Have you ever wondered: why do toddlers bite? Is it because of teething or is it just to get attention from others? Either way, this is socially harmful behaviour that can cause much embarrassment to parents.
Which is why the first step towards changing this behaviour is intervention.
Its best to start as early as possible so that they won’t grow up labeled as “biters.” While it is upsetting when you get bitten by your toddler, it’s important to know that toddlers still haven’t fully developed a sense of self-control. So this may just be how they express their feelings of frustration or something more.
To further understand why toddlers bite and what you can do to help them grow out of it, here’s a handy guide.
Why Do Toddlers Bite?
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Biting is common for infants and toddlers during the first few years of their lives. Just as every personality is different, children also have different reasons why they resort to biting.
If your child is constantly biting you, it might be to:
Express what they’re feeling. Younger kids are still learning to control their emotions and understand what they’re feeling. So they might use biting to communicate the feeling of fear, frustration, hunger, or anger.
Garner attention to themselves. Most kids use biting as a way to garner attention from family and those in the know.
See how the person they bit would react. Kids can be experimental and like exploring cause-and-effect. Which means they would simple bite somebody to see their reaction.
Defend themselves. Some kids also use this as a way to defend themselves from somebody they do not feel safe with.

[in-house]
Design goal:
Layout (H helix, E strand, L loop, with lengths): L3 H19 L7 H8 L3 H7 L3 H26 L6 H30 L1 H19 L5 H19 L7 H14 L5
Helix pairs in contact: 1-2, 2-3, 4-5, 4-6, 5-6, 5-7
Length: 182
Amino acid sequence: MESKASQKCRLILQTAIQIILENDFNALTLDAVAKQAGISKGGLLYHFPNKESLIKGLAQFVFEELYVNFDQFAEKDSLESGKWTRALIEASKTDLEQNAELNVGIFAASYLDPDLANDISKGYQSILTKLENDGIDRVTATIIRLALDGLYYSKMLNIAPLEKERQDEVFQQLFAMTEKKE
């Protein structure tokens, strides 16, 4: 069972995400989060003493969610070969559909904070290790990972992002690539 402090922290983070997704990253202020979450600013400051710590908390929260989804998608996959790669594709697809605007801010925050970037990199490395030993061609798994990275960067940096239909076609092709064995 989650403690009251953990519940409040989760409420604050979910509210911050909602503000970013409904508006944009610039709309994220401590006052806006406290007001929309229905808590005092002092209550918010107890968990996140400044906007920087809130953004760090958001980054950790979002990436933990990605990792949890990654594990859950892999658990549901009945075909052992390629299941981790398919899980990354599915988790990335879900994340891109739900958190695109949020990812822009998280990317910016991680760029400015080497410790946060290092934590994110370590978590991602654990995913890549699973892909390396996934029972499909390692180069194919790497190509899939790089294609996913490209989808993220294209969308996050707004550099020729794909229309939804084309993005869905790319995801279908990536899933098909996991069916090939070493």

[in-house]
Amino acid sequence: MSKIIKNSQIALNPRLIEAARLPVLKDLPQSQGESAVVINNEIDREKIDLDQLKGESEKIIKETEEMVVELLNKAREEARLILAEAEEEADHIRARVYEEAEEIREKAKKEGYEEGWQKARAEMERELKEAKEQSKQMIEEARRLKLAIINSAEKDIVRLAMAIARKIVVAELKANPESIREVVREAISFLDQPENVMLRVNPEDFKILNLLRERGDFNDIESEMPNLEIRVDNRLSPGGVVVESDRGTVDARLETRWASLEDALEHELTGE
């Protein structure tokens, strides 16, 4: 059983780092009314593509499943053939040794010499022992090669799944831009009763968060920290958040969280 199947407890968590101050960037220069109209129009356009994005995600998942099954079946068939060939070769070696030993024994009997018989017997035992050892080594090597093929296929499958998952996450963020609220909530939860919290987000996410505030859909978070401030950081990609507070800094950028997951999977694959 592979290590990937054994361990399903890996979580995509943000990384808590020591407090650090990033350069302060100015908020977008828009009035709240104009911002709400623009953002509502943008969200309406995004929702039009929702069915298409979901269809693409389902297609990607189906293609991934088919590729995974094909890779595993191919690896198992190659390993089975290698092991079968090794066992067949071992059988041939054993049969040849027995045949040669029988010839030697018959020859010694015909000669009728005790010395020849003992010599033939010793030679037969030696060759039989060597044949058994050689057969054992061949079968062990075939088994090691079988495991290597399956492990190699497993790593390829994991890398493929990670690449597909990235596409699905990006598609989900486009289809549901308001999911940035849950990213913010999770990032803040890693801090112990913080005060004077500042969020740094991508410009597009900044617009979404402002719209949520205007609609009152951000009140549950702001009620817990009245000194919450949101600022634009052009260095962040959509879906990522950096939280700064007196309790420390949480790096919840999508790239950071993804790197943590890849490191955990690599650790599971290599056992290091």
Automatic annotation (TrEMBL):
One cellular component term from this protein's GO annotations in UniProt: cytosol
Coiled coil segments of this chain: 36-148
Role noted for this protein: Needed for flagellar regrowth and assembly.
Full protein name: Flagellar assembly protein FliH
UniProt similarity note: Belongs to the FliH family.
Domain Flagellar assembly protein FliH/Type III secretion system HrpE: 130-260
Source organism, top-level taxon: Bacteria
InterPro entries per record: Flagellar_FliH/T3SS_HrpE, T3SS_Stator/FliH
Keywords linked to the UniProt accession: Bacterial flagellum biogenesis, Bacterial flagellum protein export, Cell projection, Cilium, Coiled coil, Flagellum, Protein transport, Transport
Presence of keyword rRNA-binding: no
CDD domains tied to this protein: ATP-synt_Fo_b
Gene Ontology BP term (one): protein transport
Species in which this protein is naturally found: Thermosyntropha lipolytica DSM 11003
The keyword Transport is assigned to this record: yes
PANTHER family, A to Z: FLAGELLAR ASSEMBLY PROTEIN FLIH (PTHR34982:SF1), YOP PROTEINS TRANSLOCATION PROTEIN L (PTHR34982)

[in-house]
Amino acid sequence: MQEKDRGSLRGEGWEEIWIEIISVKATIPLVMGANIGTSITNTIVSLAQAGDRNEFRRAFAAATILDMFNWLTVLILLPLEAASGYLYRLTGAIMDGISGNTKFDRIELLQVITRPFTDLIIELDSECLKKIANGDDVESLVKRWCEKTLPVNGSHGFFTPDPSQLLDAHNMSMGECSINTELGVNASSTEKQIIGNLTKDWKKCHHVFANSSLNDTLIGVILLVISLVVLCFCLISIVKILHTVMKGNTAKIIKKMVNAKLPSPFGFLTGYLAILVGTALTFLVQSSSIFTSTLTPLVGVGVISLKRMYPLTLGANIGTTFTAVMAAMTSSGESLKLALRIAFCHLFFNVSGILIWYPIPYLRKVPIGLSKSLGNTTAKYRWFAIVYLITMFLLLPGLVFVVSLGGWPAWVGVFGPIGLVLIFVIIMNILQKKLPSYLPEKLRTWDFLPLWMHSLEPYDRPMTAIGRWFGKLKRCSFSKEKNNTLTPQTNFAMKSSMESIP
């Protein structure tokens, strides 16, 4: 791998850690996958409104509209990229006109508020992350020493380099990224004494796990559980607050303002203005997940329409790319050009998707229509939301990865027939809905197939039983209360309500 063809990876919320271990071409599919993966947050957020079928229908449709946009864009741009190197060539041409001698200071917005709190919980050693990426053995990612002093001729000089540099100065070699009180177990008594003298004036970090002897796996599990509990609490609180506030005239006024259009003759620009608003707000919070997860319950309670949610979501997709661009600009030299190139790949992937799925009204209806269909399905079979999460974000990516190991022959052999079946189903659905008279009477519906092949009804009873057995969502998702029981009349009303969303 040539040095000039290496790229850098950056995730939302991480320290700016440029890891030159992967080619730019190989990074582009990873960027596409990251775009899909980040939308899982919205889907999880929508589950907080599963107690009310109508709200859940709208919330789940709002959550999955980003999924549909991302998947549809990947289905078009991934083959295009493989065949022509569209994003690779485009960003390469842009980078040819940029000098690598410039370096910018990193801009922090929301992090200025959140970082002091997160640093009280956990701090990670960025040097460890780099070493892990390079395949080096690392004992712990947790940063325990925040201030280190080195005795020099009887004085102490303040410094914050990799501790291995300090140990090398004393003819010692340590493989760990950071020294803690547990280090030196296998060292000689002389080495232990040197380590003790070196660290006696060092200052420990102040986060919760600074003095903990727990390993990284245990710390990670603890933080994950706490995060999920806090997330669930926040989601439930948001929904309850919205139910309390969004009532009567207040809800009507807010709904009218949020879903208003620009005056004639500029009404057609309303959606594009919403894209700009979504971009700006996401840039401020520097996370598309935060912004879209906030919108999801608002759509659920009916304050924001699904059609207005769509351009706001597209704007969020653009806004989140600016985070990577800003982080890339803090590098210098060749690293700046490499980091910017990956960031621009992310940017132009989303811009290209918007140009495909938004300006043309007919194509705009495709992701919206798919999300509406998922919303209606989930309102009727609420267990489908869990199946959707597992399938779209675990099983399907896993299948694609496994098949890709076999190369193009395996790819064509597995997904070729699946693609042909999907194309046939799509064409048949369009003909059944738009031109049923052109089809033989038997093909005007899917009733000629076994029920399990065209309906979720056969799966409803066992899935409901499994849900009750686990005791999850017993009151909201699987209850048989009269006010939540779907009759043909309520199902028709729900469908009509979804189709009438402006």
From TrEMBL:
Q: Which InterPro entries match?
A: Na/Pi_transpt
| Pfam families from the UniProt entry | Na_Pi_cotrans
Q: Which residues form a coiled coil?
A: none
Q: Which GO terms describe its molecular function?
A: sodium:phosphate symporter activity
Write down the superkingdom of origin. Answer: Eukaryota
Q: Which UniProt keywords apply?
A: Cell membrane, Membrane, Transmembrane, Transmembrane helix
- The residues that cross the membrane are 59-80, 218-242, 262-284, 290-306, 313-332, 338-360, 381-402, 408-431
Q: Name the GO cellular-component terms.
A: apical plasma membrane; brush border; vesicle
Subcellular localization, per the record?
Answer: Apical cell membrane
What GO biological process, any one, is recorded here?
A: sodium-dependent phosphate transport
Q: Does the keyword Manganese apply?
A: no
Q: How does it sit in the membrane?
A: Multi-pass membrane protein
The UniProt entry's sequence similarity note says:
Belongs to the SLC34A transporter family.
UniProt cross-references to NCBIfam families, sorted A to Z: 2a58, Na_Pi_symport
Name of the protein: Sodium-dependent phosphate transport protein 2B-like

Deal with teething. One of the most common reasons for biting is of course, teething. Since the teeth come out tearing the gums, it can be quite hurtful and biting is a way to express this pain.
There might be multiple reasons for them to bite, but know that once they learn better ways to communicate with you, it gives them an alternative to express their emotions that doesn’t necessarily involve a blunt bite.
What To Do When Your Child Bites?
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It definitely won’t help if you shame or punish your child for biting. Zero to Three says that pinning your child as a biter’ would only intensify this behaviour. It might even influence them to act out the label.
Biting your child back is also not a good idea, as it would only further encourage the behaviour, which is exactly what you’re trying to stop.
To prevent anymore biting and to help your child cope with their emotions, here are things you can try:
1. Set age-appropriate expectations for your toddler. Don’t forget that your child is just getting used to learning how to communicate with others and express themselves. So when you tell them “no biting,” keep it simple and calm, and explain why it’s hurtful to be bitten.
2. Take time to listen to your child. Ask them if there’s anything that’s bothering them or observe if they needed to release pent-up anxiety. You can also try to motivate them to “use their words” so they can share their frustration or anger instead of biting.
3. Stay positive. Reacting negatively to your toddler’s actions or punishing them for it would not help them overcome the habit. Instead, make sure to praise them when they behave properly and act accordingly to your expectations.
4. Bring your child to a smaller and more calm area. Your child might have been too overwhelmed by the people around them or affected by a chaotic environment. Take them to a soothing secluded area where they can relax and feel less stressed.
5. Redirect them with other things. To prevent your little one from releasing their emotions through biting, you can instead let them tend to other productive things such as colouring, dancing or playing games.
6. Don’t forget about the victim. If your toddler bit one of their peers, let them know how upset they were getting bitten. At the same time, comfort the other child as well as check to see if there is any serious marks or bleeding.
While it’s normal for kids to bite at an earlier age, you should expect them to stop when they attain the ages 3 or 4 years. Contact your doctor if this behaviour persists and/or only gets worse.
Remember that you’re not alone and it’s better to seek for professional help when you’re unsure.
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